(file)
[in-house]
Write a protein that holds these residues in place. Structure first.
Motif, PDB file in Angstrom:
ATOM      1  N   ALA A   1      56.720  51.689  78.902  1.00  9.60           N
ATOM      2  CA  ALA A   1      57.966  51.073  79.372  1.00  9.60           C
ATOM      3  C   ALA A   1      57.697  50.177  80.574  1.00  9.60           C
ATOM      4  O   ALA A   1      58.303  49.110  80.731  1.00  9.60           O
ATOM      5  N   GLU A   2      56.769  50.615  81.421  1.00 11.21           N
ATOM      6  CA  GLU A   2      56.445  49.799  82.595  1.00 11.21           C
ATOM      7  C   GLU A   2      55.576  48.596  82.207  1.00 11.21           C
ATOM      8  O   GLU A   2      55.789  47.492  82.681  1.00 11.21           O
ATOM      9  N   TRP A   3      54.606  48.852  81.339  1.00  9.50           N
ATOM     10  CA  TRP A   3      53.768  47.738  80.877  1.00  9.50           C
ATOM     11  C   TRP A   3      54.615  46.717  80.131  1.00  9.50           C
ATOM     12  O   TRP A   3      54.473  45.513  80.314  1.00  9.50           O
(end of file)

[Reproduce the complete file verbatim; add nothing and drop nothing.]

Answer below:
[in-house]
Write a protein that holds these residues in place. Structure first.
Motif, PDB file in Angstrom:
ATOM      1  N   ALA A   1      56.720  51.689  78.902  1.00  9.60           N
ATOM      2  CA  ALA A   1      57.966  51.073  79.372  1.00  9.60           C
ATOM      3  C   ALA A   1      57.697  50.177  80.574  1.00  9.60           C
ATOM      4  O   ALA A   1      58.303  49.110  80.731  1.00  9.60           O
ATOM      5  N   GLU A   2      56.769  50.615  81.421  1.00 11.21           N
ATOM      6  CA  GLU A   2      56.445  49.799  82.595  1.00 11.21           C
ATOM      7  C   GLU A   2      55.576  48.596  82.207  1.00 11.21           C
ATOM      8  O   GLU A   2      55.789  47.492  82.681  1.00 11.21           O
ATOM      9  N   TRP A   3      54.606  48.852  81.339  1.00  9.50           N
ATOM     10  CA  TRP A   3      53.768  47.738  80.877  1.00  9.50           C
ATOM     11  C   TRP A   3      54.615  46.717  80.131  1.00  9.50           C
ATOM     12  O   TRP A   3      54.473  45.513  80.314  1.00  9.50           O